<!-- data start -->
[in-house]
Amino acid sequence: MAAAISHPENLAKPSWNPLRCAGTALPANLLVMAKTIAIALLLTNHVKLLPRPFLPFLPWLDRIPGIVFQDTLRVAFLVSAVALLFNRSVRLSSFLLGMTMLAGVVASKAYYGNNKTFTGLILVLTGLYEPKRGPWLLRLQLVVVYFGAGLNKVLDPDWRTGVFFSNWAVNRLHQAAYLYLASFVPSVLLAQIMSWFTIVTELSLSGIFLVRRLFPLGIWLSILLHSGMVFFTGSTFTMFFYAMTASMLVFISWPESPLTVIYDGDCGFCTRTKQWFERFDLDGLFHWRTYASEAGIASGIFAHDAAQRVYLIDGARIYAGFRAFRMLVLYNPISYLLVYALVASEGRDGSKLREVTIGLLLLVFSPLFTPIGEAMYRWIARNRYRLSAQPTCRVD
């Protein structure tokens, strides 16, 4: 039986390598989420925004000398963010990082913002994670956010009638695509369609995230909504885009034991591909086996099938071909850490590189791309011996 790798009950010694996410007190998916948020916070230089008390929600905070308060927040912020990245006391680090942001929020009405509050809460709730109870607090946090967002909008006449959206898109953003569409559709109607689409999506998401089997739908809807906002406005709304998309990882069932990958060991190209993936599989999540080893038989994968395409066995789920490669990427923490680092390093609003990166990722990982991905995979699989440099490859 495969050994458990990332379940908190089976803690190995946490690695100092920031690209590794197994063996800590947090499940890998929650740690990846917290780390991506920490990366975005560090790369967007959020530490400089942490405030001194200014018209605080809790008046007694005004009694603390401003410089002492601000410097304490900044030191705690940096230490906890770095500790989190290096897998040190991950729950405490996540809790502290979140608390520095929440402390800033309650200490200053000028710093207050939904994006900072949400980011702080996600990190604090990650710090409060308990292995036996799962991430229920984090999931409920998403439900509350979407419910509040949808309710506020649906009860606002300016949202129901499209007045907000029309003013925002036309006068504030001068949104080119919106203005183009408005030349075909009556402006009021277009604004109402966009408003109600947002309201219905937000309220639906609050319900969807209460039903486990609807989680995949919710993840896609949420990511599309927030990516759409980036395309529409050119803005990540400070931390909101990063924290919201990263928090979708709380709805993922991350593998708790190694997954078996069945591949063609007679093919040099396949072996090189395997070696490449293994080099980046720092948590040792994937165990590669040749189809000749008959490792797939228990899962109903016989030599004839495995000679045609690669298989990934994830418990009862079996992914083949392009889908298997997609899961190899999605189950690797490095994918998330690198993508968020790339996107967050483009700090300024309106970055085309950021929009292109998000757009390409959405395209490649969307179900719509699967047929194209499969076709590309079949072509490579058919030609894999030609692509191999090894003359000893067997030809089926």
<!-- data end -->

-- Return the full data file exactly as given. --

[in-house]
Amino acid sequence: MAAAISHPENLAKPSWNPLRCAGTALPANLLVMAKTIAIALLLTNHVKLLPRPFLPFLPWLDRIPGIVFQDTLRVAFLVSAVALLFNRSVRLSSFLLGMTMLAGVVASKAYYGNNKTFTGLILVLTGLYEPKRGPWLLRLQLVVVYFGAGLNKVLDPDWRTGVFFSNWAVNRLHQAAYLYLASFVPSVLLAQIMSWFTIVTELSLSGIFLVRRLFPLGIWLSILLHSGMVFFTGSTFTMFFYAMTASMLVFISWPESPLTVIYDGDCGFCTRTKQWFERFDLDGLFHWRTYASEAGIASGIFAHDAAQRVYLIDGARIYAGFRAFRMLVLYNPISYLLVYALVASEGRDGSKLREVTIGLLLLVFSPLFTPIGEAMYRWIARNRYRLSAQPTCRVD
């Protein structure tokens, strides 16, 4: 039986390598989420925004000398963010990082913002994670956010009638695509369609995230909504885009034991591909086996099938071909850490590189791309011996 790798009950010694996410007190998916948020916070230089008390929600905070308060927040912020990245006391680090942001929020009405509050809460709730109870607090946090967002909008006449959206898109953003569409559709109607689409999506998401089997739908809807906002406005709304998309990882069932990958060991190209993936599989999540080893038989994968395409066995789920490669990427923490680092390093609003990166990722990982991905995979699989440099490859 495969050994458990990332379940908190089976803690190995946490690695100092920031690209590794197994063996800590947090499940890998929650740690990846917290780390991506920490990366975005560090790369967007959020530490400089942490405030001194200014018209605080809790008046007694005004009694603390401003410089002492601000410097304490900044030191705690940096230490906890770095500790989190290096897998040190991950729950405490996540809790502290979140608390520095929440402390800033309650200490200053000028710093207050939904994006900072949400980011702080996600990190604090990650710090409060308990292995036996799962991430229920984090999931409920998403439900509350979407419910509040949808309710506020649906009860606002300016949202129901499209007045907000029309003013925002036309006068504030001068949104080119919106203005183009408005030349075909009556402006009021277009604004109402966009408003109600947002309201219905937000309220639906609050319900969807209460039903486990609807989680995949919710993840896609949420990511599309927030990516759409980036395309529409050119803005990540400070931390909101990063924290919201990263928090979708709380709805993922991350593998708790190694997954078996069945591949063609007679093919040099396949072996090189395997070696490449293994080099980046720092948590040792994937165990590669040749189809000749008959490792797939228990899962109903016989030599004839495995000679045609690669298989990934994830418990009862079996992914083949392009889908298997997609899961190899999605189950690797490095994918998330690198993508968020790339996107967050483009700090300024309106970055085309950021929009292109998000757009390409959405395209490649969307179900719509699967047929194209499969076709590309079949072509490579058919030609894999030609692509191999090894003359000893067997030809089926």